Tuesday, January 24, 2012

The Transformative Power of Technology

Along with the discussion about 21st Century skills and 21st Century learning we've seen an increased focus on the role technology plays in schools and in student learning. Having worked in education for over twenty years I have seen this phenomenon before. In the 1980's the Macintosh computer was going to change education forever. Later, in the 1990's we saw the emergence of PC computers and a much wider adoption of computers in average homes. Also, we witnessed the birth of something called the World Wide Web! Finally, this past decade, we have seen unprecedented adoption of technology in many forms. We have witnessed the rise of the cell phone, the iPOD and iPAD, smartboards and boogie boards. Again, the focus (and hope) is on technology "revolutionizing" education.
So far, the most articulate argument I've heard comes from someone outside of the K-12 education establishment. Clayton Christenson is a Business Professor working at Harvard University and is the author of Disrupting Class. His basic thesis is that, at some point in time, students will be able to easily gain access to information that is much more relevant to them than what is being presented in schools - and they will be able to access this information in increasingly cheaper and easier ways through the use of technology. Additionally, they will be able to access instructors and instructional videos from all over the world! Once a "tipping point" is reached it will most likely be impossible for large school systems to react and change.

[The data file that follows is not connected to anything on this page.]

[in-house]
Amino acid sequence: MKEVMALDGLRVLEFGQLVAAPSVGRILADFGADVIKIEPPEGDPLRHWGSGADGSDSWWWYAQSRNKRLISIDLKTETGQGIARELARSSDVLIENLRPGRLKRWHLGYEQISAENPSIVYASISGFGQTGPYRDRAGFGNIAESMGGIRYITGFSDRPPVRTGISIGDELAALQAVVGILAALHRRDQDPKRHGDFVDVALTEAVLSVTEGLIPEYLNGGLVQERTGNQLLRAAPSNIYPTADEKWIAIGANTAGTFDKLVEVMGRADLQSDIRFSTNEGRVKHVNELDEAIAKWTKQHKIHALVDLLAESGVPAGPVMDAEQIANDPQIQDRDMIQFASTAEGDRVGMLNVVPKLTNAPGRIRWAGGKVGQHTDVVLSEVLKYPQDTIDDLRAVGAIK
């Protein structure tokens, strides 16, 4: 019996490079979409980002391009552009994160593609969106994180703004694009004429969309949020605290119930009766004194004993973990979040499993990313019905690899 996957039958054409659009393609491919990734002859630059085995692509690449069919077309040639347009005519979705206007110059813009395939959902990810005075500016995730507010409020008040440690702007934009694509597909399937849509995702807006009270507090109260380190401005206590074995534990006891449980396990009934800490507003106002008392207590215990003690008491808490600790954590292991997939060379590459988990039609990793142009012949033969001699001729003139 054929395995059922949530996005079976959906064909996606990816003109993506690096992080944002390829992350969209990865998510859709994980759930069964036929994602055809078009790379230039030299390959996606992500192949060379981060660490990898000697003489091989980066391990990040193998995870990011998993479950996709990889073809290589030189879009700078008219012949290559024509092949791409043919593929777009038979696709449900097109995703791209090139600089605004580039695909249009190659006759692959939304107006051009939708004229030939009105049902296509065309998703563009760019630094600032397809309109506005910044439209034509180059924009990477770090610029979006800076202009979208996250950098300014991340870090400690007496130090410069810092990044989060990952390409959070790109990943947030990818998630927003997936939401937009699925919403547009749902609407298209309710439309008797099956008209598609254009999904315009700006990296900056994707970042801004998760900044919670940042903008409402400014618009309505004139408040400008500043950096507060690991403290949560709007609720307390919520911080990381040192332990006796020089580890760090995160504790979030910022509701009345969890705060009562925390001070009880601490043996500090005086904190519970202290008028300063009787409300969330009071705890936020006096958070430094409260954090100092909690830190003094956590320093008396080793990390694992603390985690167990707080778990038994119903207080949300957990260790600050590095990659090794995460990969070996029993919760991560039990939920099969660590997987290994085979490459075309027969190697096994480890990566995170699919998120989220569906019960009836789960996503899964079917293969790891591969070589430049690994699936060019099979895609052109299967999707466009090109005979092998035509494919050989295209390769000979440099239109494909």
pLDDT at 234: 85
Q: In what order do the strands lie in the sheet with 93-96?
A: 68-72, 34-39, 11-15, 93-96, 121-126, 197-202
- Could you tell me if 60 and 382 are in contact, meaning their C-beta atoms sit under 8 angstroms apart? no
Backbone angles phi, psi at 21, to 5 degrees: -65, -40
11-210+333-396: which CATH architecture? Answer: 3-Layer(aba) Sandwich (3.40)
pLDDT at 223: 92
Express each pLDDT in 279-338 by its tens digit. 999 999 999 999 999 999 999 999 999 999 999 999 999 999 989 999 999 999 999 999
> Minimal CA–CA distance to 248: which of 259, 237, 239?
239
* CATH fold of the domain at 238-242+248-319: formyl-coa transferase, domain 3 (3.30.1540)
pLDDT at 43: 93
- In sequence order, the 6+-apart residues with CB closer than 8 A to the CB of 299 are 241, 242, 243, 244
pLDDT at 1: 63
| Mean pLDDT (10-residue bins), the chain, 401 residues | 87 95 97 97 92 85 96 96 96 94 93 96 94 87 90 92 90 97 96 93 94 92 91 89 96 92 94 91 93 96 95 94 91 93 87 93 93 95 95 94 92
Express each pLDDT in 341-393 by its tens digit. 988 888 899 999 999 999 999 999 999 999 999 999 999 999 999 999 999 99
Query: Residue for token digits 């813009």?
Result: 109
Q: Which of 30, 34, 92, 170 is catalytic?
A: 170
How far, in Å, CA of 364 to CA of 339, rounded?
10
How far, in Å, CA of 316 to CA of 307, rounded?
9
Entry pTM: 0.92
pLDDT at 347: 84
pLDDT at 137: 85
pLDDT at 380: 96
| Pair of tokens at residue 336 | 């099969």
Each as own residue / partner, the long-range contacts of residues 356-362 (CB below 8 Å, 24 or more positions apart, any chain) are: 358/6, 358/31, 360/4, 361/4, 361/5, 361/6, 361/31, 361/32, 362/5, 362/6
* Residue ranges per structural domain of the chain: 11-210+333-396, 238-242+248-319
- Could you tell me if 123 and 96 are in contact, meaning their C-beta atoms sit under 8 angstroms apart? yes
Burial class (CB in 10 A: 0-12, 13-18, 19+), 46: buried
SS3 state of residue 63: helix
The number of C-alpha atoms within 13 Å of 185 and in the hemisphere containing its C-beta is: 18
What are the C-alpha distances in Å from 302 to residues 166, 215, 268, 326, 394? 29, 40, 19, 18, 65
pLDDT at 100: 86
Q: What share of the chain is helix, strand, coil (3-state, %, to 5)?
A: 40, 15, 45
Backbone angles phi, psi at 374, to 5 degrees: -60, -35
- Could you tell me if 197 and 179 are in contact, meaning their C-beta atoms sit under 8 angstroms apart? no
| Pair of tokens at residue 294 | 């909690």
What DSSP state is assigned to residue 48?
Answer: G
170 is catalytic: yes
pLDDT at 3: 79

It is easy for most of us to think that changes, as the ones currently proposed in the BC Education Plan, are unlikely to take hold any time soon. This time, I think some changes might actually happen - although not immediately. I think big changes might still be about 5 years away. With that in mind, are we considering some of the following:
  • What is important for students to learn? What does it mean to be educated?
  • How will we address the socialization of  students if it is so easy to access learning outside of a school (or in your basement)?
  • What will report cards look like in this new learning environment? 
  • How can we manage personalized learning paths for all students in a class? 
  • How will we address issues like social responsibility and tolerance?
Some of these questions will convince people that the change will never happen. I believe that changes are on the way and that educators need to be at the forefront of change helping to guide society towards a positive new system that is equitable and fair for everyone.

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